When you started discussing design as an experience, you were defining what that meant. Now, as your book is published, it’s widely discussed. How do you feel about the mainstreaming of this concept?

I feel extremely hopeful that experience design is entering into the vernacular, but it is an emergent moment. There isn’t an orthodoxy right now, and that’s really exciting. That means that we’re in a time where we can debate and develop and advocate for the proper application of what I believe is an incredibly powerful, culture-changing approach to making.

At its core, experience design invites us into an ethical starting place for design—because what is ethics if not the effect we have on other people? We have an opportunity to rethink the ways we approach all of the huge, seemingly intractable problems we face. Experience design isn’t really about designing interfaces or immersive spaces. It belongs in so many places and in asking how we address problems of loneliness or our relationship to the environment.

I’d like to explore the ethical side a little more because we see experience design play out in a lot of unethical ways, like making it difficult to cancel a subscription or terms and conditions that are too long for anyone to read, among other so-called “dark patterns” that incentivize specific actions. What are your thoughts on this?

Any tool can be used for good or evil, and I think it’s really instructive to look at the ways experience design has been used brilliantly for evil. For example, Vladimir Putin basically has been rethinking what Russia is in order to defend his actions in Ukraine. It’s an enormously extensive world-building effort: he’s rewriting history, he’s restructuring education in schools, he’s changing language. These are all experience design projects at a very large scale. We’ve seen similar things happen throughout history because these efforts can be effective and powerful. At the same time, in Ukraine, you see another kind of world building going on. This is all experience design.

An ethical activity means it’s about the effect we have on others, and your ethics could be on the good side or the bad side. Just because you understand you are having an effect doesn’t mean you’re doing the right thing with the effect. If we put out these tools and say, “Do what you want,” things can be rendered to the lowest common denominator. These tools can be used to get more eyes on a social media account as your anxiety jacks up and your loneliness increases.

But what if we say that the most important questions to ask are: What is the real effect you wish to have on the world? What is your ethical purpose as a designer? And then, How does that render down from career, to job, to project, to design moment?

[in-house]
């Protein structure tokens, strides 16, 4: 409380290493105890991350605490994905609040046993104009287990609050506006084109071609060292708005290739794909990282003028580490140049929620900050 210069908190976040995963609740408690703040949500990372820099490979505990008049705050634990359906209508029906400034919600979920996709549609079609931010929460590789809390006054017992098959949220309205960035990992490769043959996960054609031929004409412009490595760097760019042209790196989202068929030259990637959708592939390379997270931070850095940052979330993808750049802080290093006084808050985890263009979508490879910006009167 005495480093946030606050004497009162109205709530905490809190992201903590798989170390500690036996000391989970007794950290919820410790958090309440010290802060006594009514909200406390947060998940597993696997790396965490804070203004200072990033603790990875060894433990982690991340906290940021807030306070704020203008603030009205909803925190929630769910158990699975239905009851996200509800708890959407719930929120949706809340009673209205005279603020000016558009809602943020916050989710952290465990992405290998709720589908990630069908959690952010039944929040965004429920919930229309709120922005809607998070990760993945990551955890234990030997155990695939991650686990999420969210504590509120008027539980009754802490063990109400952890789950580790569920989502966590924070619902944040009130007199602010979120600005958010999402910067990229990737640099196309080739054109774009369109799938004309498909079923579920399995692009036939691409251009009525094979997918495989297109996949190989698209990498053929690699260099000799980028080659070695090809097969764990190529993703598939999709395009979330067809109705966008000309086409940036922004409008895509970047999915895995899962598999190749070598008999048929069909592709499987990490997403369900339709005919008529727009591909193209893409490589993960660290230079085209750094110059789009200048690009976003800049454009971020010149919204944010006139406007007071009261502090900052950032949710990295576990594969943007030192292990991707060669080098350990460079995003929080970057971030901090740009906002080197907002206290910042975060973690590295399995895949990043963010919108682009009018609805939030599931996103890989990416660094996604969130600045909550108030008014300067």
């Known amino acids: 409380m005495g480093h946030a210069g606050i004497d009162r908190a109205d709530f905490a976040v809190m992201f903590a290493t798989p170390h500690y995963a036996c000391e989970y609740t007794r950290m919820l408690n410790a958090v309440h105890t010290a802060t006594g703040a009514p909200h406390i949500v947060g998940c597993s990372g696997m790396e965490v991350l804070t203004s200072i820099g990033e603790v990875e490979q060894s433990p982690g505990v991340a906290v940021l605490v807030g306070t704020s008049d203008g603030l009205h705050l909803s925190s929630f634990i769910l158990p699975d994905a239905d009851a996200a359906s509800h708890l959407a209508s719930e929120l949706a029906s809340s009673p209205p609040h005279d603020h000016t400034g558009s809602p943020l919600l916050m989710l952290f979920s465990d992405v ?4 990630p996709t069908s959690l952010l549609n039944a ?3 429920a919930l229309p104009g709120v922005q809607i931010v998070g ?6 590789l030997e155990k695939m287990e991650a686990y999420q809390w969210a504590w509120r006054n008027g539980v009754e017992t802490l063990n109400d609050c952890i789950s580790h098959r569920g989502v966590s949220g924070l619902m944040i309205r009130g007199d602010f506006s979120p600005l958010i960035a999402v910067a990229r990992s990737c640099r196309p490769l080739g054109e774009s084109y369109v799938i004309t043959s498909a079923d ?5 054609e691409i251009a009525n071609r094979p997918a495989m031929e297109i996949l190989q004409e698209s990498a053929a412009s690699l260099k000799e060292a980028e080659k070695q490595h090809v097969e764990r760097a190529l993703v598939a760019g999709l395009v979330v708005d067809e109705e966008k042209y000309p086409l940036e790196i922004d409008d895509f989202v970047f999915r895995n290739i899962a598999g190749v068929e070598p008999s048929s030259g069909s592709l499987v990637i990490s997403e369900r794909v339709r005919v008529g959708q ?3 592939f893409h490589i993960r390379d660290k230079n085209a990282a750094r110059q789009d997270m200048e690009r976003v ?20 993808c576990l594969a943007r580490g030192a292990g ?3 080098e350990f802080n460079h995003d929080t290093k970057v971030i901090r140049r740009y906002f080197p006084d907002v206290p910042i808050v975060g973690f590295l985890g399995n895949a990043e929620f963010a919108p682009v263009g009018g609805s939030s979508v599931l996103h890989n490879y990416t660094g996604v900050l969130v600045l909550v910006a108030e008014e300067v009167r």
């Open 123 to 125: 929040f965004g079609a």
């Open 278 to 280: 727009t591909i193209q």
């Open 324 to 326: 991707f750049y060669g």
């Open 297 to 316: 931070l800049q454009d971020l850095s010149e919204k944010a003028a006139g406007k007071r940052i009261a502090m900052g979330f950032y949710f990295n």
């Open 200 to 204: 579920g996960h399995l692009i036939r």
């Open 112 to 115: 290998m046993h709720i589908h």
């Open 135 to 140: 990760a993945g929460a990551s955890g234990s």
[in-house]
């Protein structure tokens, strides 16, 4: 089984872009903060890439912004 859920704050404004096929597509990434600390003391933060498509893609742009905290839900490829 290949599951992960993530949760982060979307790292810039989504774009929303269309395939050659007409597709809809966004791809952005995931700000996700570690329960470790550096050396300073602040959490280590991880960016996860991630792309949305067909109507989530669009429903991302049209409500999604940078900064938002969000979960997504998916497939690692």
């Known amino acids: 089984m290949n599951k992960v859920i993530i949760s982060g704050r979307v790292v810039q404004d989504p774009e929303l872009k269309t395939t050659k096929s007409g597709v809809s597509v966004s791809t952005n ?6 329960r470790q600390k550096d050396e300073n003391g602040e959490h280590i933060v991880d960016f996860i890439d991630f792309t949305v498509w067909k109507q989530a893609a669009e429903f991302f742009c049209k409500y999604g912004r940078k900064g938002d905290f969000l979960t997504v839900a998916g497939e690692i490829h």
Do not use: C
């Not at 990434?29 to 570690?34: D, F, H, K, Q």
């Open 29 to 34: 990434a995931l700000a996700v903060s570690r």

Much of so-called “good design” has been created from an experience of “user friendliness,” which often translates to removing pain points. But what is there to gain from pain?

Pain is movement away from comfort, and we can put things on a comfort-pain spectrum. To bring it back to the notion that every design move has a set of affordances, we can re-ask the question: What is our reason for designing for ease and comfort? What is our reason for moving away from that?

I recently had a conversation with a group of experience designers about how nothing can change without breaking habits. That seems pretty obvious. But when you think about design, it’s mostly about building comfort around the habitual and making things more efficient. Pain points are the problem, right? We never ask if it’s actually a good thing to be making everything about comfort. But if you add pain points, there is a break with the ordinary. If we want to change things, we need these pain points. And if we’re smart about them, pain points aren’t just things to cause reactions; we’ve designed a way to prepare our audience or user to be affected by those pain points in a positive and attentive way.

This makes me think of the chapter in my book about empathy. As a practitioner, empathy may be what you gain the most from pain. Empathy forces us to project ourselves into the understanding of another person who may have pain. The only way to really have empathy for that person is to really go into that pain—and you might not be ready for it. Empathy, when rigorously engaged with, forces us to recognize our own limits. I can have empathy for you, but I don’t know that much about you. The risk is for me to make a whole bunch of assumptions about you and call that empathy.

Then we get into this problematic, arrogant mode of empathy that makes us feel great about ourselves and makes us disregard the realities of others. There’s a kind of painful humility that needs to be applied in order to say, “I need to step back, do some research, ask some questions,” and also ask, “Am I the right person to do this?”

These are painful moments for a designer. But this is the real work of real empathy. And without the real work of empathy, how can you presume to have any role in designing an experience for another person in an effective or ethically rigorous way?